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US: Apple, Amazon to Join Foxconn’s Toshiba Bid

 |  June 5, 2017

Apple and Amazon will pony up to pay a portion of contract manufacturer Foxconn’s bid to acquire Toshiba’s semiconductor business as the consumer electronics powerhouses move to secure a steady supply of NAND flash memory, Foxconn’s cheif executive told the Nikkei news service.

Apple and Amazon’s names have surfaced before in connection with a possible bid to buy the chip unit, which Toshiba is selling to help offset massive losses incurred by its nuclear power business in the U.S. In March, Japan’s Yomiuri Shimbun reported that Apple, Google and Amazon all three their hats in the ring as potential suitors.

Apple and Amazon are dependent on NAND flash memory for their consumer electronics offerings, including iPhone, iPad and the Alexa-powered Amazon Echo. Many of these products are built by Foxconn. Last week, market research firm DRAMeXchange reported that contract prices for NAND rose 20 to 25 percent in the first quarter, stabilizing the price of NAND in what is traditionally a slower time of year for memory chip sales.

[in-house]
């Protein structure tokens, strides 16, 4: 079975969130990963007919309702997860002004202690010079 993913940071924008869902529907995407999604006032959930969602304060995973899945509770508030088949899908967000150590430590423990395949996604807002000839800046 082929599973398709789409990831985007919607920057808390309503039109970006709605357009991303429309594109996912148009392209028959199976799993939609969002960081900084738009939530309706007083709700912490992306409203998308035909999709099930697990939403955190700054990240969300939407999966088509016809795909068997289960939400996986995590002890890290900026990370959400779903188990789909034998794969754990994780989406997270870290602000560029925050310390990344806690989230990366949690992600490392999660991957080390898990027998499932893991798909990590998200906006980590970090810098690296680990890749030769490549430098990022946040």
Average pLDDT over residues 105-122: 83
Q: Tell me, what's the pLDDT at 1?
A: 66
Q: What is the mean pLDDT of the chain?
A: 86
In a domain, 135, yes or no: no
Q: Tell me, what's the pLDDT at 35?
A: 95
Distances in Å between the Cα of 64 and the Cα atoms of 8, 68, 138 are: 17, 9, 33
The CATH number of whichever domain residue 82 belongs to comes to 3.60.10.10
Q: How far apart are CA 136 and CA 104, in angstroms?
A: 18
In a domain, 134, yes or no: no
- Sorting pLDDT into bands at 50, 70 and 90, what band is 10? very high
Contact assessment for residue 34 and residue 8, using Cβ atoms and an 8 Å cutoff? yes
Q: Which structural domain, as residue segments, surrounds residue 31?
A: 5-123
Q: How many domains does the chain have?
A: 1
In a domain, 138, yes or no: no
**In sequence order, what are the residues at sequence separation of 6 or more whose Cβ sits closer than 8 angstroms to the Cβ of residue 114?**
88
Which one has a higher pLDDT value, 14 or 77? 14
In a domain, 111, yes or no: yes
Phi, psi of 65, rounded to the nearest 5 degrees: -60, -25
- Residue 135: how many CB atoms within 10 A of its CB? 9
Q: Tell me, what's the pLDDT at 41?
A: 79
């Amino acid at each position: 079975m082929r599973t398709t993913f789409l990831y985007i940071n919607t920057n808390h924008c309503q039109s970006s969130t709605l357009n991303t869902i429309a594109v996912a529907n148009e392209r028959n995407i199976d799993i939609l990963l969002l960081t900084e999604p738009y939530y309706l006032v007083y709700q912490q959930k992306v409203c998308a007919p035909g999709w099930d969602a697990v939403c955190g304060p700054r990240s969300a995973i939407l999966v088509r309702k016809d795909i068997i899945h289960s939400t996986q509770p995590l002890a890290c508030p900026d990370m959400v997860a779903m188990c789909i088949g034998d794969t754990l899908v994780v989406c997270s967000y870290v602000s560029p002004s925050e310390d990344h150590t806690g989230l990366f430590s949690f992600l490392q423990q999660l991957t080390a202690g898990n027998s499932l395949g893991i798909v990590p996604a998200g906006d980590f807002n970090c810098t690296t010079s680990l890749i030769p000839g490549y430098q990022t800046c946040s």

Foxconn reportedly bid more than $27 billion, more than any other bidder is thought to have offered, to acquire the semiconductor business of Toshiba, which is second in NAND sales worldwide behind Samsung. However, Foxconn, which is based in Taiwan and has a large number of manufacturing facilities in China, is considered a longshot to land the asset because the Japanese government is wary of giving China access to Toshiba’s NAND technology.

Speculation has been that the participation of Apple and Amazon could give weight and credibility to the Foxconn bid, perhaps enough to soften concerns about China.

Full Content: Financial Times

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